Growing Tobacco

Tobacco is grown in tropical parts of the world. Tobacco produced in areas such as: Africa, Brazil, Canary Islands, Connecticut, Cuba, Dominican Republic, El Salvador, Ecuador, Jamaica, Mexico, Nicaragua, Philippines, Sumatra, is used to provide leaves that are utilized in various components of the cigar.

Plantations are found away from cities and share some similarities. They are usually large plots of fertile land that are staffed by highly qualified farmers, growers, and technicians that are responsible for all steps in producing superior tobacco destined to become the worlds finest premium cigars.

Land used to grow tobacco is carefully prepared prior to each planting. Tobacco is never planted immediately after a previous crop has been harvested. Crop rotation, tilling and utilizing specially formulated fertilizers along with creating superior genetic seed varieties are the primary objectives to superior tobacco cultivation.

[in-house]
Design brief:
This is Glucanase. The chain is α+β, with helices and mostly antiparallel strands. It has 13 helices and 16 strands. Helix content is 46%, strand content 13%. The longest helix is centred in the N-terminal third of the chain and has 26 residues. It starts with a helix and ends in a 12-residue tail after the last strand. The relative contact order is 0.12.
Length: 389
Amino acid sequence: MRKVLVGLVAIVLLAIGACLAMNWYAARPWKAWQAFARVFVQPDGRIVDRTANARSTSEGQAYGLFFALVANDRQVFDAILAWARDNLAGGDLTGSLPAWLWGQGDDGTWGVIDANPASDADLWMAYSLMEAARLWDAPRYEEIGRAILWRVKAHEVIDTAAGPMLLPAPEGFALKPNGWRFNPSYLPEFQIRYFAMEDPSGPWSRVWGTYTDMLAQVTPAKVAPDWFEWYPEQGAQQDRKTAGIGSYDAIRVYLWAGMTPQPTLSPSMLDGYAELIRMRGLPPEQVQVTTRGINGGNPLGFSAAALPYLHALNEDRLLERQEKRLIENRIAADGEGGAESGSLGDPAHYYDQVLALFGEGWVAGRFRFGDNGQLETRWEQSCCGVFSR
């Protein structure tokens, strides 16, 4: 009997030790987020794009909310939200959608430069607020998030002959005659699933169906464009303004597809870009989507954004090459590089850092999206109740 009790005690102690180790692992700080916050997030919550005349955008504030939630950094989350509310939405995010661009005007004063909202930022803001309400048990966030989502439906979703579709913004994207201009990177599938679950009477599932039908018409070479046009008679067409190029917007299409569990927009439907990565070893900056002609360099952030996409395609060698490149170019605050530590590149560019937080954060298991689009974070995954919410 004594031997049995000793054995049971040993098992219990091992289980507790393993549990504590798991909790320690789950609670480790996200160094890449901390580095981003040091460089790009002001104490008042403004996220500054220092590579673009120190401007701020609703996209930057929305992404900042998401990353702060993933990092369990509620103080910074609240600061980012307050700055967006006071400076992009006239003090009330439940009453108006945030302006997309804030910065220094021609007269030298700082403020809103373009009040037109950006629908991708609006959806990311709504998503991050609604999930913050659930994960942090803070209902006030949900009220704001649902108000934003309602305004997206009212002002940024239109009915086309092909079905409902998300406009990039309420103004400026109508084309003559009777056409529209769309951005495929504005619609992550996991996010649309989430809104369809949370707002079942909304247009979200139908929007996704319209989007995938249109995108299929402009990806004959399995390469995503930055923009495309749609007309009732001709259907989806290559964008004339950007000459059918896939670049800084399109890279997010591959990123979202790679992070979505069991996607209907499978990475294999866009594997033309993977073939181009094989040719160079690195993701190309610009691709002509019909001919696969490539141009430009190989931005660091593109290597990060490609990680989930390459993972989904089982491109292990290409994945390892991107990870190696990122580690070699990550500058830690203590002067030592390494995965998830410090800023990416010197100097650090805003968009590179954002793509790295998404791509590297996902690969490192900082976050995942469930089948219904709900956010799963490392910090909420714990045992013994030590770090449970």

Tobacco plants are planted in succession from late September onwards. It takes 45-60 days to reach maturity. From 30-40 days onward, leaves are systematically removed from the plants. They are not allowed to flower. This extends the useful growing to 4-5 months. Harvesting takes place from mid January through late March. When harvesting, leaves are picked two at a time.

(Tobacco shown in large photo is 135 days old and stands 54″ tall. Tobacco shown in small photo is 9 days old.)